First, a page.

Surveillance cameras have become a permanent feature in our daily routine. In order to improve the resolution of the acquired images and the results from their automatic analysis, complicated and expensive cameras have always been required until now – More affordable cameras are still limited with regards to automatic detection of flexible and dynamic non-rigid movements.
In the Core-Project FAVE – Fusion Approaches for Visual Systems Enhancement-Security Applications – as part of the SigCom group of Prof. Björn Ottersten, a computer vision team led by the scientist Dr. Djamila Aouada at the Interdisciplinary Centre for Security, Reliability and Trust (SnT) at the University of Luxemburg has selected an entirely new approach. In partnership with the sensor specialists at IEE, the researchers have developed an algorithm that prepares the data from simple and inexpensive 3D cameras in real time in such a way that high-definition images are produced. But it is not only the quality of the image that increases; for the first time non-rigid movements – for example, a hand reaching into a handbag – can be automatically reconstructed with high precision.
Going back in time – picture by picture
An important factor in this success is Aouada’s scientific background as a specialist in image processing and computer vision: “Even in the data of simple cameras, there is more quality hidden there than one realises at first. One just has to analyse it efficiently”, Aouada says. Her approach: Through the calculation of images that have been produced one after the other, interrelations that are not recognisable in the individual image become visible.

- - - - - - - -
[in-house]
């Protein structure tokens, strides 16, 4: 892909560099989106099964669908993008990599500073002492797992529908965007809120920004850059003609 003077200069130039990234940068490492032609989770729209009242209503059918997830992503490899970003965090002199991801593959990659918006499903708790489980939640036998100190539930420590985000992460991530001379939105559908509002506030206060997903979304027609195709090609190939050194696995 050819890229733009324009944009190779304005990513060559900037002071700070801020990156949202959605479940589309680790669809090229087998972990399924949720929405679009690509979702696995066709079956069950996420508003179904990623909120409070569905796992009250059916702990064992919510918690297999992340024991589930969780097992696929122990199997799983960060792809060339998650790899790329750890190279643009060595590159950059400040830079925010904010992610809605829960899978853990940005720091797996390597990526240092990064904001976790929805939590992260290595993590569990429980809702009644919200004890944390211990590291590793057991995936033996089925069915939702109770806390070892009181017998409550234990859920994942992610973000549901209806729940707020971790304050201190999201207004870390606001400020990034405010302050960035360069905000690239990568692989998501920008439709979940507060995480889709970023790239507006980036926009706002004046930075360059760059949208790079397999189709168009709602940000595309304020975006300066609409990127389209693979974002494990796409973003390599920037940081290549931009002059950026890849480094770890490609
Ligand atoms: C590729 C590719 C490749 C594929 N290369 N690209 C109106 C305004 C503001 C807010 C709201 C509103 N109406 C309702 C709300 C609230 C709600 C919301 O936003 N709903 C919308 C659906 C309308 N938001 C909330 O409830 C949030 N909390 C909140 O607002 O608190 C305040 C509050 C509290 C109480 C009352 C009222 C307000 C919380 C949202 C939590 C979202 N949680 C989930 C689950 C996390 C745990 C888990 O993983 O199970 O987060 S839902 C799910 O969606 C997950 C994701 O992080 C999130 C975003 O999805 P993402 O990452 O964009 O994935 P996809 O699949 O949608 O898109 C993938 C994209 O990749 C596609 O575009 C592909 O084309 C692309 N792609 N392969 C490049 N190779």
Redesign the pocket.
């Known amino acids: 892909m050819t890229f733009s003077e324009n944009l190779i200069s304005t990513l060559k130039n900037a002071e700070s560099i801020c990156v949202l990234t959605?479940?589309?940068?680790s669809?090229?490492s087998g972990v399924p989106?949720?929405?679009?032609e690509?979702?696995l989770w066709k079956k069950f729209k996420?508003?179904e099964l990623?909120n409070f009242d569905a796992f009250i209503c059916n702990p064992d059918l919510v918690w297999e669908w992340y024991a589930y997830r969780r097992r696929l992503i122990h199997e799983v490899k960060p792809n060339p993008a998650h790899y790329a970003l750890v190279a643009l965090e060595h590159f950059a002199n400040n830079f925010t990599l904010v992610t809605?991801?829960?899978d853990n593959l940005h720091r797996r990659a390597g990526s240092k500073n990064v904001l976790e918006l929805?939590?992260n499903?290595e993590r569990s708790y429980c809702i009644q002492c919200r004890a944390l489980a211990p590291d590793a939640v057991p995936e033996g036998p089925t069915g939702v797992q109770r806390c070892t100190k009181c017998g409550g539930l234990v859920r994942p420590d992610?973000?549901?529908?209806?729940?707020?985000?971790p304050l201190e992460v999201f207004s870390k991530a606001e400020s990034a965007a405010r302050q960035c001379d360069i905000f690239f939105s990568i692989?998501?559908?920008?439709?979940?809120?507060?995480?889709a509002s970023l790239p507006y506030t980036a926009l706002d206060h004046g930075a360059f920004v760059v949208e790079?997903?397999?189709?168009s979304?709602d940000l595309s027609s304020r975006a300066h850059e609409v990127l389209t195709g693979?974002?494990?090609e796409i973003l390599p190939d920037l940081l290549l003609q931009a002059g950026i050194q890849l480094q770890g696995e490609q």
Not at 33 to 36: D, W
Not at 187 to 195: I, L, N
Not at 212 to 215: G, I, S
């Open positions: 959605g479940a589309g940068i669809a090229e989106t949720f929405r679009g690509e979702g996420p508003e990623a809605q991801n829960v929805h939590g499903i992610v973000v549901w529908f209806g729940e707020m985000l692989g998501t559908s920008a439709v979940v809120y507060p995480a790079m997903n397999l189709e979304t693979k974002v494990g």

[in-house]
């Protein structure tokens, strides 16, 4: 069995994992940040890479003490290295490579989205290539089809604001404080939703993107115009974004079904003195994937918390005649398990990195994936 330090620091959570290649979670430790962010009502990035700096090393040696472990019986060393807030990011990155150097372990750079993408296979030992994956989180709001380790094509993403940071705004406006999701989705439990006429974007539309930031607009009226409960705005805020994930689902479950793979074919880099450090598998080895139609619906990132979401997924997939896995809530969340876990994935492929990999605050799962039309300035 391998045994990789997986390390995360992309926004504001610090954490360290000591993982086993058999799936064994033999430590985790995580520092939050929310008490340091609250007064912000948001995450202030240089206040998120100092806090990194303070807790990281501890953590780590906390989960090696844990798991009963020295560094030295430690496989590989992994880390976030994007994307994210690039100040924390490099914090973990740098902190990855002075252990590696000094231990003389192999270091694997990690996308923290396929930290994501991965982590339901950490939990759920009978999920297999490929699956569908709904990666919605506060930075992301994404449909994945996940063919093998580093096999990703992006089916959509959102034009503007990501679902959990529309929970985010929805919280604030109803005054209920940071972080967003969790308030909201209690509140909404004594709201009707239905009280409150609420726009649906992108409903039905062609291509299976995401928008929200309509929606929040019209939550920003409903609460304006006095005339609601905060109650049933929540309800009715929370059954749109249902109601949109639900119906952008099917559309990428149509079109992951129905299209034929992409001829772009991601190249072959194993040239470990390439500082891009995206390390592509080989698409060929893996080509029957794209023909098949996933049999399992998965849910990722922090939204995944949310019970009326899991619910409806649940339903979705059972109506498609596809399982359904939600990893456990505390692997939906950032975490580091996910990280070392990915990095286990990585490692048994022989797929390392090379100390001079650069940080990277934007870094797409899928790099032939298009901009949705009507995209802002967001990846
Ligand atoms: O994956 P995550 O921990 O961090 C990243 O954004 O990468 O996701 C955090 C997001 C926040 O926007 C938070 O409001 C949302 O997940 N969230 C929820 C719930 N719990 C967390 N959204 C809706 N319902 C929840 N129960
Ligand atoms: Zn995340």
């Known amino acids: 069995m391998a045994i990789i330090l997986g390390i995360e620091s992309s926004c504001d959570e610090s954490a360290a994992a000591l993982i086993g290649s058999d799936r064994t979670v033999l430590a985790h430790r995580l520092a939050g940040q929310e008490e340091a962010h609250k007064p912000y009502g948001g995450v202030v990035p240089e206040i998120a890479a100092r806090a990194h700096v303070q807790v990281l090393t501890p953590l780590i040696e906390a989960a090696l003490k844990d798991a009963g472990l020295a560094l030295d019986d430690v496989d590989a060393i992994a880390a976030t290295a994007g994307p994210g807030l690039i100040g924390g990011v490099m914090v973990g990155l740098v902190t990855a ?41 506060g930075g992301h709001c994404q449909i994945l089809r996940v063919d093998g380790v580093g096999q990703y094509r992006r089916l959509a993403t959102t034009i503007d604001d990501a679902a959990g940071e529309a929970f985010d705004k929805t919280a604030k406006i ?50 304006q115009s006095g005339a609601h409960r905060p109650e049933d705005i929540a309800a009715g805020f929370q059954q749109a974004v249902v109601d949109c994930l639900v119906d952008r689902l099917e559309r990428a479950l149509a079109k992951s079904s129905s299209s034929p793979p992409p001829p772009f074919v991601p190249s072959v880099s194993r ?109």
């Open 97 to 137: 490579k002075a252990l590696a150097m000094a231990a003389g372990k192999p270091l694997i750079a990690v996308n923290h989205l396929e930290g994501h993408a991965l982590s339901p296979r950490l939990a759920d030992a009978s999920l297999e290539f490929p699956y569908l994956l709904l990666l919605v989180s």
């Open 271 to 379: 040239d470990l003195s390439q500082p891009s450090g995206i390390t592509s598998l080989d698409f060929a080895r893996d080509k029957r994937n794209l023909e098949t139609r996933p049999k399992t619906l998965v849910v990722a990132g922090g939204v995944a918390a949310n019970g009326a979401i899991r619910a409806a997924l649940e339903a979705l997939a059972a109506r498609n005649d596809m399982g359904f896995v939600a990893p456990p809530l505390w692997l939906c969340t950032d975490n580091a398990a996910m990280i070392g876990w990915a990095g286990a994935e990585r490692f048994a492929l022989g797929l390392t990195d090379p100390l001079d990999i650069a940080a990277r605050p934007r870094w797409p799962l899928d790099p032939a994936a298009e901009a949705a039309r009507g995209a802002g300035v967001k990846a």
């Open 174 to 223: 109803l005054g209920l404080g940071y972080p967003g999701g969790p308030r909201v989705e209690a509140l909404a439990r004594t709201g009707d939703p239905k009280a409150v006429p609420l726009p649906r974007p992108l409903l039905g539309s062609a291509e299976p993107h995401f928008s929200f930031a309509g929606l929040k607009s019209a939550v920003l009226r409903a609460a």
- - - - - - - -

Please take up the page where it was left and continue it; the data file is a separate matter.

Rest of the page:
An algorithm that provides access to this information was developed by the SnT team in the context of the FAVE Project – the recursive dynamic multi-frame superresolution-algorithm.
“Our algorithm allows to perform a simple local per-pixel tracking where both depth measurements and deformations are dynamically optimised”, explains Dr. Kassem Al Ismaeil, whose PhD dissertation forms essential parts of the project. “This enables us to appreciably increase the resolution and minimise the disruptive effects, i.e. the signal noise.”
With the aid of the algorithm, the team has thus far been able to -process data from a camera in real time. In the next step, images from several cameras shall then be used as well.
Recognise faces, without the identity of the observed person being known
An important aspect in the project is the topic of privacy. The cryptography specialist Dr. Dalia Khader, who recently moved from SnT as Security Information Analyst to the POST Luxemburg, was involved for this reason. With her support, the team was able to have a pattern recognition algorithm work with encrypted data; it is able to recognise faces, without the identity of the observed person being known.
“Authorized individuals receive a notice – and can then determine who is in the image”, says Djamila Aouada.
The new 3D super-resolution algorithm created quite a splash among professional circles and led to publications in high-level technical journals. Moreover, a patent has secured future economic exploitation of the knowledge, and formation of a company is foreseen. The director of SnT, Professor Björn Ottersten was the Principal Investigator in the FAVE Project.
“Björn Ottersten was highly committed to our project’” says Aouada. “We were able to engender huge benefits thereby. And I have learned a lot from him regarding how to structure a large-scale project and to manage the team.”
This success story is from the 2016 FNR Annual Report
The main FNR programme for funding of high-quality research projects in five priority domains: ICT, Sustainable Resources Management, Material Sciences, Biomedical and Health Sciences, Societal Challenges. The programme is dedicated to established and starting Principle Investigators.